Projects will be part of five-year, $200 million ‘Bipartisan Infrastructure Law’ investment to restore aquatic ecosystems
The U.S. Fish and Wildlife Service is announcing the availability of $38 million in funding from the “Bipartisan Infrastructure Law” for fish passage projects across the nation that address outdated, unsafe or obsolete dams, culverts, levees and other barriers “fragmenting” the nation’s rivers and streams.
In 2022, the service’s National Fish Passage Program provided an initial $38 million “Bipartisan Infrastructure Law” investment to fund 40 projects in 23 states and Puerto Rico, which the service said, “brought big wins for fish passage and local communities. These funds build on the nearly $2 billion in funding for fish passage projects under the ‘Bipartisan Infrastructure Law’ across the departments of the Interior, Transportation, Agriculture, and Commerce.”
The program – in partnership with complementary programs at the Federal Highway Administration and NOAA Fisheries – is now looking to identify projects and partners for the next round of funding.
“From Alaska to Maine, jackhammers and backhoes are removing dams and replacing culverts to restore free-flowing rivers, reduce flood risks and address threats from climate change,” Service Director Martha Williams said. “With $38 million in additional ‘Bipartisan Infrastructure Law’ funding for fish passage projects, the service will continue our momentum by collaborating with Tribes, state and local agencies, non-governmental organizations and conservation partners to reconnect aquatic systems, improve fish migration, and restore aquatic infrastructure resilience in these fragile habitats.”
The National Fish Passage Program prioritizes projects that will:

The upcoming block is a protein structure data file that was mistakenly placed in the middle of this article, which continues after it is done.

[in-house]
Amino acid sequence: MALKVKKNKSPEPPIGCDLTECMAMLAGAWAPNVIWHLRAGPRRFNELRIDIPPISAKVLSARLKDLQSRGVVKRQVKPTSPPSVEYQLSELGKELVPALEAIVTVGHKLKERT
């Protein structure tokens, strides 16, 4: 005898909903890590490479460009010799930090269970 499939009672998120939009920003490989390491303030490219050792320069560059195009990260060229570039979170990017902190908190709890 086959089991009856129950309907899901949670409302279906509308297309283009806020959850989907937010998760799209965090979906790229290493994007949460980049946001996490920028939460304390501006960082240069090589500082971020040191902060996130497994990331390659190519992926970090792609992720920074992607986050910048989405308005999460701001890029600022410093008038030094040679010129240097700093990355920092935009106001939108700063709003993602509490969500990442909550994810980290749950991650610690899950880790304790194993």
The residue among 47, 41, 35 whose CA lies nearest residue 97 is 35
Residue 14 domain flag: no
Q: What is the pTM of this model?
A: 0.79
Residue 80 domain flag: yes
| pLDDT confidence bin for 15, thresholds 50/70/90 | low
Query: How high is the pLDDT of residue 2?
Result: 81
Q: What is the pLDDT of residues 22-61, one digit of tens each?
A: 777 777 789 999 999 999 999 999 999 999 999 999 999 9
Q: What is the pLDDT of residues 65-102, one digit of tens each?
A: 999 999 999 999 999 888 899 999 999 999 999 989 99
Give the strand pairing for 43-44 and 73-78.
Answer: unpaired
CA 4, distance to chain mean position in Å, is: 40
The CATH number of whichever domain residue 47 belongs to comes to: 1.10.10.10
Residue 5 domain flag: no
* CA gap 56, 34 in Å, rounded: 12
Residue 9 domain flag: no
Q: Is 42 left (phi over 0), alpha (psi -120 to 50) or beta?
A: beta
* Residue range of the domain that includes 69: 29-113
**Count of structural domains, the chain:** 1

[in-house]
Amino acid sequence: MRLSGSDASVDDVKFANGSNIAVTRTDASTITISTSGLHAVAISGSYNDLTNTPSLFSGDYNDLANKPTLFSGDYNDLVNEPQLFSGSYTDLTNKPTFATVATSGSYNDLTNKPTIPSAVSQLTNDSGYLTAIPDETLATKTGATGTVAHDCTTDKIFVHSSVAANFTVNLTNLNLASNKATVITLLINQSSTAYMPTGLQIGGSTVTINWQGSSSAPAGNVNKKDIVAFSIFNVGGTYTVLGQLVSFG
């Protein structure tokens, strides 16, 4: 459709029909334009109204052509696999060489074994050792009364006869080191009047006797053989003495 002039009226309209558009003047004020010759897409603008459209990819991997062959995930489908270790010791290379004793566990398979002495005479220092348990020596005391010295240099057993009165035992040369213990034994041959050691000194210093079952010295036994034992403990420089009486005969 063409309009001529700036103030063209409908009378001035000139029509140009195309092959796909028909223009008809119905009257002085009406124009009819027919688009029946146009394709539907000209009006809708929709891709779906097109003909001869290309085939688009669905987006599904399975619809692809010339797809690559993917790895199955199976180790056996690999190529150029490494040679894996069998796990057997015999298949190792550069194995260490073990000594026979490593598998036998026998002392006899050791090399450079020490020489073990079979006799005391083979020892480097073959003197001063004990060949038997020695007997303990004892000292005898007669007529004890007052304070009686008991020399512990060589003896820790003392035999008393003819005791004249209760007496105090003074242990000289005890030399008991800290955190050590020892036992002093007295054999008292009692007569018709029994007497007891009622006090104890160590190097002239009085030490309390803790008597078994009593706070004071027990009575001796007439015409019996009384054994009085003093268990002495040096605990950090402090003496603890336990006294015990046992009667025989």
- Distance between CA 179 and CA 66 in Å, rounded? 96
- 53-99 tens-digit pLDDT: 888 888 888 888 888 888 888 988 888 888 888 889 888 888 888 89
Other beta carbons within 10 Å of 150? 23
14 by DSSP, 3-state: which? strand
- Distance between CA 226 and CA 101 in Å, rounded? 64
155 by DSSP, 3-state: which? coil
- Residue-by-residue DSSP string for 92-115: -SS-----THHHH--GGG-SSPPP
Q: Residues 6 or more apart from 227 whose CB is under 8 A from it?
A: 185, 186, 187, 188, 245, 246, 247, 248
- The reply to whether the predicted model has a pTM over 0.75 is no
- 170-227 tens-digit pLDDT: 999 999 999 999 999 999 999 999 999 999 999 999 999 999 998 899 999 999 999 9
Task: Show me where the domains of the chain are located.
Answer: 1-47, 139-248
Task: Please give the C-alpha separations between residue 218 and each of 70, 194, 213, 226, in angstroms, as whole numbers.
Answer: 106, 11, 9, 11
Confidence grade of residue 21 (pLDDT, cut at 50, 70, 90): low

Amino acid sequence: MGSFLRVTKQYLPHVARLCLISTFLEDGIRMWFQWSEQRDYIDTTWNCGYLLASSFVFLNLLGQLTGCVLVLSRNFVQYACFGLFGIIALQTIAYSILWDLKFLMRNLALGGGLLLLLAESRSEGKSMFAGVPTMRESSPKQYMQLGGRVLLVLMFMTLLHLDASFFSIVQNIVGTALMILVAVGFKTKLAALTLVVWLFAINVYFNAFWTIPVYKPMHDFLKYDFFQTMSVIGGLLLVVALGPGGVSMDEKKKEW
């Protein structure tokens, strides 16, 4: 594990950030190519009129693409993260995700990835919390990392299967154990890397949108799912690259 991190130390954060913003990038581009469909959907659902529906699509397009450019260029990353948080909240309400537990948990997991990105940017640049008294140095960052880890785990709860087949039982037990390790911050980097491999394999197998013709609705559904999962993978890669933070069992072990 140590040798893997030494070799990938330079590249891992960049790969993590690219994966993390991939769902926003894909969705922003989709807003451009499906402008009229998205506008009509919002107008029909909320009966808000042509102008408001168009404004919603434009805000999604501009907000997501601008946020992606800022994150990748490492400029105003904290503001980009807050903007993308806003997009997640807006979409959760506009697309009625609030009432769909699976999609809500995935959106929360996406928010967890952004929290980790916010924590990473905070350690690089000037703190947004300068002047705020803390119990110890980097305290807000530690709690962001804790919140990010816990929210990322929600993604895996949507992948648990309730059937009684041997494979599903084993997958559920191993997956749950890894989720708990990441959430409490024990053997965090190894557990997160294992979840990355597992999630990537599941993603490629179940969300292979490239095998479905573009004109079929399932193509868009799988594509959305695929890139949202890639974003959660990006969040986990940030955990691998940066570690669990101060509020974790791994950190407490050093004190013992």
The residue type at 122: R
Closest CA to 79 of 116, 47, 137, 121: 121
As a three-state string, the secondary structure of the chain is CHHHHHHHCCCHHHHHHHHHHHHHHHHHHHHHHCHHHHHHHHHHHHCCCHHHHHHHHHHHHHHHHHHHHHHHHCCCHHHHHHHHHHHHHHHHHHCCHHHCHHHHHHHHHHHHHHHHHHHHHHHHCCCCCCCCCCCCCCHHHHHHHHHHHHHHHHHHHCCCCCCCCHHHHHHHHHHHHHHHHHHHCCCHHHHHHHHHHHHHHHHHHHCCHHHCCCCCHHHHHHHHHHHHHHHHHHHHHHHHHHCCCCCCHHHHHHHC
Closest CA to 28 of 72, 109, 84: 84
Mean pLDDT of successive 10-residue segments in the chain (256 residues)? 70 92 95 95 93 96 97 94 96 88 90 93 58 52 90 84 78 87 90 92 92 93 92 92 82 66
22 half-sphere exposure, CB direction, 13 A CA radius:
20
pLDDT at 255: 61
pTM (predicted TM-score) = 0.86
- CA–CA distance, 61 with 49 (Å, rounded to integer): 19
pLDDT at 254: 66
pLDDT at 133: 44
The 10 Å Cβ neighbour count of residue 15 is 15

√ Maximize benefits to priority species and habitats;
√ Provide sustainable fish passage;
√ Leverage regional or watershed priorities for habitat restoration, fish passage, or aquatic connectivity;
√ Enhance community resilience to climate change, address public safety hazards and provide other benefits such as job creation or recreational fishing opportunities;
√ Support or engage with underserved and indigenous communities; and
√ Be supported by partners, affected stakeholders, and the local community
Interested parties should submit a letter of intent to the appropriate National Fish Passage Program regional coordinator, via email, by Dec. 16, 2022. Letters of Intent should include basic project information and a statement of interest. More information, including a list of National Fish Passage regional coordinators, may be found at Grants.Gov or by visiting the program’s informational website.
A press release said, “The National Fish Passage Program, facilitated by the Service’s Fish and Aquatic Conservation Program, has decades of proven experience implementing infrastructure projects with partners to improve the health of the nation’s waterways, reconnect rivers, improve climate resilience and enhance local economies. The program provides financial, technical and planning assistance to Tribes, communities, other agencies and landowners to help remove barriers and restore rivers for the benefit of fish and people.
“In the Northeast region, aquatic connectivity remains a top priority for the service. 2022 projects focused on building more resilient habitats and natural systems through dam removals, road-stream crossing improvements, and tidal reconnections.”
In 2022, projects:
√ Addressed 43 fish passage barriers, reopening over 243 miles of stream habitat and 8,315 acres of wetlands, and providing $206 million in socioeconomic benefits.
√ Secured $5.15 million through the “Bipartisan Infrastructure Law” to initiate six fish passage projects.
Since 1999, the National Fish Passage program has worked with over 2,000 local communities, states, Tribes and private landowners to remove or bypass 3,400 barriers to fish passage, and has reopened access to more than 60,000 miles of upstream habitat for fish and other animals.
The U.S. Fish and Wildlife Service works with others to conserve, protect and enhance fish, wildlife, plants and their habitats for the continuing benefit of the American people. For more information, visit fws.gov/northeast.